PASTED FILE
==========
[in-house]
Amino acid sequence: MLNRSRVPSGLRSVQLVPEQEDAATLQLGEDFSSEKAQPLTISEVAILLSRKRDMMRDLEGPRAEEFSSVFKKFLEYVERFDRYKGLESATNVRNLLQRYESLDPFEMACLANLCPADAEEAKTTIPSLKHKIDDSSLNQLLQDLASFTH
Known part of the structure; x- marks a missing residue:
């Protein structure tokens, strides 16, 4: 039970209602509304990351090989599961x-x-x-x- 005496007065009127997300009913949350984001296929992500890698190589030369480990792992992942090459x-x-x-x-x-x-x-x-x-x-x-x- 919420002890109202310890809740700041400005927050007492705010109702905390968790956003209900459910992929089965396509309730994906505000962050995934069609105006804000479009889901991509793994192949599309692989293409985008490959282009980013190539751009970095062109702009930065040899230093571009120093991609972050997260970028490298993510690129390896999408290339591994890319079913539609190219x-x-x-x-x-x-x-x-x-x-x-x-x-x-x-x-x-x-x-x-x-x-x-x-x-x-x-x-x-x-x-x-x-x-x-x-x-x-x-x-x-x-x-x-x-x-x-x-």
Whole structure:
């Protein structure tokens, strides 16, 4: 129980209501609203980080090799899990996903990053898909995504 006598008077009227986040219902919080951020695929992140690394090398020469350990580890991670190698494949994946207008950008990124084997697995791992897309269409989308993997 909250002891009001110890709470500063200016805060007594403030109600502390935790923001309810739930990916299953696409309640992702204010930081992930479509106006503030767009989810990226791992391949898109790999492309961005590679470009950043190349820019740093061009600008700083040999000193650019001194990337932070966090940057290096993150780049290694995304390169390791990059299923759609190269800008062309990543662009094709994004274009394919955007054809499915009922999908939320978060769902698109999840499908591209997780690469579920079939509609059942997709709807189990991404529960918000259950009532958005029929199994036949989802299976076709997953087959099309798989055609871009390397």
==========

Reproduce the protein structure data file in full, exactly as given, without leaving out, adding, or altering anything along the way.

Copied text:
[in-house]
Amino acid sequence: MLNRSRVPSGLRSVQLVPEQEDAATLQLGEDFSSEKAQPLTISEVAILLSRKRDMMRDLEGPRAEEFSSVFKKFLEYVERFDRYKGLESATNVRNLLQRYESLDPFEMACLANLCPADAEEAKTTIPSLKHKIDDSSLNQLLQDLASFTH
Known part of the structure; x- marks a missing residue:
């Protein structure tokens, strides 16, 4: 039970209602509304990351090989599961x-x-x-x- 005496007065009127997300009913949350984001296929992500890698190589030369480990792992992942090459x-x-x-x-x-x-x-x-x-x-x-x- 919420002890109202310890809740700041400005927050007492705010109702905390968790956003209900459910992929089965396509309730994906505000962050995934069609105006804000479009889901991509793994192949599309692989293409985008490959282009980013190539751009970095062109702009930065040899230093571009120093991609972050997260970028490298993510690129390896999408290339591994890319079913539609190219x-x-x-x-x-x-x-x-x-x-x-x-x-x-x-x-x-x-x-x-x-x-x-x-x-x-x-x-x-x-x-x-x-x-x-x-x-x-x-x-x-x-x-x-x-x-x-x-």
Whole structure:
């Protein structure tokens, strides 16, 4: 129980209501609203980080090799899990996903990053898909995504 006598008077009227986040219902919080951020695929992140690394090398020469350990580890991670190698494949994946207008950008990124084997697995791992897309269409989308993997 909250002891009001110890709470500063200016805060007594403030109600502390935790923001309810739930990916299953696409309640992702204010930081992930479509106006503030767009989810990226791992391949898109790999492309961005590679470009950043190349820019740093061009600008700083040999000193650019001194990337932070966090940057290096993150780049290694995304390169390791990059299923759609190269800008062309990543662009094709994004274009394919955007054809499915009922999908939320978060769902698109999840499908591209997780690469579920079939509609059942997709709807189990991404529960918000259950009532958005029929199994036949989802299976076709997953087959099309798989055609871009390397």